For many people, mania has left a wake of hurt and destruction in its path. But, it’s not an excuse. It doesn’t absolve you of the pain you’ve caused. So, I’ve found it both liberating and important to apologize and take ownership for the things I’ve done that have negatively impacted the people in my life.

4. As an invitation to treat you badly.

Yes, your actions may have caused harm, but you are not a “bad” person. There’s a difference. Guilt says, “What I did was wrong.” Shame says, “I am wrong.”

5. Something that makes you undesirable.​

You can still date if you live with bipolar disorder. Swipe left. Swipe right. You still have qualities that people will find interesting, intriguing and awesome.

6. Something that makes you unlovable.​

You get to have the relationships you want in your life. People might take a long time to completely forgive you, but know that healing takes time. Still, I hope you’re able to open up to the people closest to you, and feel seen and heard.

7. Grounds to call you untrustworthy. ​

My therapist taught me a technique to use when I find myself buried in guilt. She told me to ask myself: “Is this true?” Someone recently told me a lot of people don’t trust me anymore. So, I asked myself if that was true (it wasn’t) and I realized a more powerful truth: I trust me. I take my meds. I go to therapy. I know I’m a reliable person.

8. Always easy to live with.​

Some days are better than others. Sometimes the meds don’t work or have adverse effects. Living with bipolar disorder can be a real struggle bus.

9. Widely spoken about in an accurate manner. ​

This is part of the reason it’s so hard to fight and end the stigma around bipolar disorder and mental illness in general. In addition, each person has a unique experience with bipolar disorder, even though some of the symptoms may be similar.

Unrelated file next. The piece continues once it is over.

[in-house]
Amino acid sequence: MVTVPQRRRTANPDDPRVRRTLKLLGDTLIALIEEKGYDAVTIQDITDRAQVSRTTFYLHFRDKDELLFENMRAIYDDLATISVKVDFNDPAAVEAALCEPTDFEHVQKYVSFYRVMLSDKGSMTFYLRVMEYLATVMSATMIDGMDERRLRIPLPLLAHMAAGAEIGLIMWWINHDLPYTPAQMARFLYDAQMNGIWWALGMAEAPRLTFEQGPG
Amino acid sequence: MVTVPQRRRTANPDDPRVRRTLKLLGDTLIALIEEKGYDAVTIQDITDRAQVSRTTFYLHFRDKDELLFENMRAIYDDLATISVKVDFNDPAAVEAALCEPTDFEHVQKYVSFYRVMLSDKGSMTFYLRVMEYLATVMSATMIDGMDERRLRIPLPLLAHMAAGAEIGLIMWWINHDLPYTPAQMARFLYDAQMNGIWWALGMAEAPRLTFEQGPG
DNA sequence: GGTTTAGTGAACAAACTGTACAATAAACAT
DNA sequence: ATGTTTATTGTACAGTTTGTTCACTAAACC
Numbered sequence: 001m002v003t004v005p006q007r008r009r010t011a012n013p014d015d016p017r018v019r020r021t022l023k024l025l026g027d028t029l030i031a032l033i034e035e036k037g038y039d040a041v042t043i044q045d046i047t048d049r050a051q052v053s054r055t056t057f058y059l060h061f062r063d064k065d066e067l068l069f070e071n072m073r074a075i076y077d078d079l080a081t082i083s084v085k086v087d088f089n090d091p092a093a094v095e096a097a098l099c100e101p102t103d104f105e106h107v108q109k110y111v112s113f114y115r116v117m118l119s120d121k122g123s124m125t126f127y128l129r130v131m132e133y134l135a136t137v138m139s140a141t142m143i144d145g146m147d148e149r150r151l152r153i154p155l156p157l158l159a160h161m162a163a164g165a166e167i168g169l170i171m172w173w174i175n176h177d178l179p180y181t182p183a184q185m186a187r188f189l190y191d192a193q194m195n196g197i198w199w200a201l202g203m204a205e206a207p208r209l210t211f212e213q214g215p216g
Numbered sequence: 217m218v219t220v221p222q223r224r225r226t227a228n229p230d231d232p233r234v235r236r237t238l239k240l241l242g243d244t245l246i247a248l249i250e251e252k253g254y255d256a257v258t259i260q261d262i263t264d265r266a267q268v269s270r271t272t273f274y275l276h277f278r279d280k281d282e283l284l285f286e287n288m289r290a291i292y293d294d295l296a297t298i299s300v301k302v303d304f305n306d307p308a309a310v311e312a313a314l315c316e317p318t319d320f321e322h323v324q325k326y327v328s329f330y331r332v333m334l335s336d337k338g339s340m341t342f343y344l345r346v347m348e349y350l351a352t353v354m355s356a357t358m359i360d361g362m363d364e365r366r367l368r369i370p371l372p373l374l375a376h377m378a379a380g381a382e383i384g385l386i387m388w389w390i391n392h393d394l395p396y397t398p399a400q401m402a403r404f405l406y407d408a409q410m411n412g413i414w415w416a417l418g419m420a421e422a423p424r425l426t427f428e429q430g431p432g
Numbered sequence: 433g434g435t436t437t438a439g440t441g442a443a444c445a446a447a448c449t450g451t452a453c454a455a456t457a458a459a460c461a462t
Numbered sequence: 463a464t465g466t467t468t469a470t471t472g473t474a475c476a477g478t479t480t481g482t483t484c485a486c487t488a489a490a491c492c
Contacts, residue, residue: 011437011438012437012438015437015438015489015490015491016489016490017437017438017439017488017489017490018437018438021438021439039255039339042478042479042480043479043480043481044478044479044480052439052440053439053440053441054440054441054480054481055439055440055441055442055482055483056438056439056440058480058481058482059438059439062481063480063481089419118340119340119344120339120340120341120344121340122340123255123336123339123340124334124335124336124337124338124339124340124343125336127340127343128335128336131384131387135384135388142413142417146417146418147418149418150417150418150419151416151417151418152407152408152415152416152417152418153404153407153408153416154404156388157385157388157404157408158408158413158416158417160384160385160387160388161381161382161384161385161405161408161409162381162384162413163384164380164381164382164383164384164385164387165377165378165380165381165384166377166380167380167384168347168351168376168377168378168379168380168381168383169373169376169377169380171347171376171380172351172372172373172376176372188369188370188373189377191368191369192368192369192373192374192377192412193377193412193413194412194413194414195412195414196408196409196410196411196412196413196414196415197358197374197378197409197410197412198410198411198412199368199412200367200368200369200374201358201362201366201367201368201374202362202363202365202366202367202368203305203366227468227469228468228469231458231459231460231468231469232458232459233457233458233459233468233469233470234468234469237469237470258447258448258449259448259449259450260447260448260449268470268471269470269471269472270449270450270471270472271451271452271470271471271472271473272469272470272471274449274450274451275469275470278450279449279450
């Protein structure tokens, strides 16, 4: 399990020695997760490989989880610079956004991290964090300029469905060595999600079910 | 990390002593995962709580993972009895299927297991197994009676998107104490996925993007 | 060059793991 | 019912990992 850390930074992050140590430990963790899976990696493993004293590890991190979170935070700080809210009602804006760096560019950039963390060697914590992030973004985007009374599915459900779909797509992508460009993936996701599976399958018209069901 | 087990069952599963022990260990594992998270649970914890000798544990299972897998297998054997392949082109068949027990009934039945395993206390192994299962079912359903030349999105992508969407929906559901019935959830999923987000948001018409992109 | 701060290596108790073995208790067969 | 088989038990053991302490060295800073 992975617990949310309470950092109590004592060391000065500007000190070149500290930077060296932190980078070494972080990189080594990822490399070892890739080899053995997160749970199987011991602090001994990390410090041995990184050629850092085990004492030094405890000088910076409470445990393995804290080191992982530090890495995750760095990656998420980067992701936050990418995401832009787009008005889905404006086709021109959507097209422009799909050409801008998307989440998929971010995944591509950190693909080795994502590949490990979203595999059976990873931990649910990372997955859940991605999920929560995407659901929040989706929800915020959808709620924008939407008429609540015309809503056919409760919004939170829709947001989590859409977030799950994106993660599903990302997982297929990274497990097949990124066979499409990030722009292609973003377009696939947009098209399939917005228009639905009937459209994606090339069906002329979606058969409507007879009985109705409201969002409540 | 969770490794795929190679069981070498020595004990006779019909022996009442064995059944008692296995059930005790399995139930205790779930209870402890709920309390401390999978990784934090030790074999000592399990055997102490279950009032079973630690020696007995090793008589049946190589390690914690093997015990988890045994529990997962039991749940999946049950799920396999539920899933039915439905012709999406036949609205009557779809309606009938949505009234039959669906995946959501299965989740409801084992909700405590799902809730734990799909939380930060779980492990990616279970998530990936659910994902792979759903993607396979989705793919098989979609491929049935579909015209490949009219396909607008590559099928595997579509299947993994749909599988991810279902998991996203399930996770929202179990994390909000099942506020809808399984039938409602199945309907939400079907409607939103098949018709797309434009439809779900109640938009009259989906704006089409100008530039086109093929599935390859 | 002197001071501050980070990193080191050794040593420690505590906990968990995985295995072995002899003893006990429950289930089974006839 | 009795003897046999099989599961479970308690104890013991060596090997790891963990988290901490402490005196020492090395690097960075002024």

10. A sign your life is over.

​Keep showing up. We need you. You will get through this. I’ve found group therapy to find to be a helpful reminder that others face the same challenges I do.

As we continue to challenge the misconceptions around bipolar disorder, let’s also remember to rest and to set boundaries. Every battle doesn’t need to be your battle. And every fight doesn’t need to be your fight. You’ll never be able to change everyone’s mind about the illness you live with, but you can certainly work on unlearning your own false narratives. That’s what I’m working to do every day — even at dinner parties.

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How to Apologize When Bipolar Disorder Ruins Everything

Years ago, I learned about making amends. I know a few people who’ve gone through Alcoholics Anonymous and they’ve shared how powerful it was for them to do the hard thing of apologizing to the people they hurt. They talked about how it’s important to go into these conversations with

zero expectations. Their purposes are to share what they did wrong and sincerely admit responsibility and remorse for it.